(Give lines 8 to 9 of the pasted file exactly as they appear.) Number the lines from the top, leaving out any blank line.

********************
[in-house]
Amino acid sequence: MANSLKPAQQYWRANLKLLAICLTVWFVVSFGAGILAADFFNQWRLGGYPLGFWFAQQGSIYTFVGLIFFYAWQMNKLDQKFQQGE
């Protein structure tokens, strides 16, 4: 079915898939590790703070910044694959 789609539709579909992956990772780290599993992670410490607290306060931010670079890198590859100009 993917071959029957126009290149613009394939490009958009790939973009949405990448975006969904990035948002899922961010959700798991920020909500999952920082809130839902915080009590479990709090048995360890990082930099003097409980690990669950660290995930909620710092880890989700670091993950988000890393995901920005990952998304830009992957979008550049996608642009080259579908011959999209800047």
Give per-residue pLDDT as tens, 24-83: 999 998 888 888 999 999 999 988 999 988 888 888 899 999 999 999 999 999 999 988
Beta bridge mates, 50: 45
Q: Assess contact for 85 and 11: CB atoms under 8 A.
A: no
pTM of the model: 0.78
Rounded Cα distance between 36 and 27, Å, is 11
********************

pTM of the model: 0.78
Rounded Cα distance between 36 and 27, Å, is 11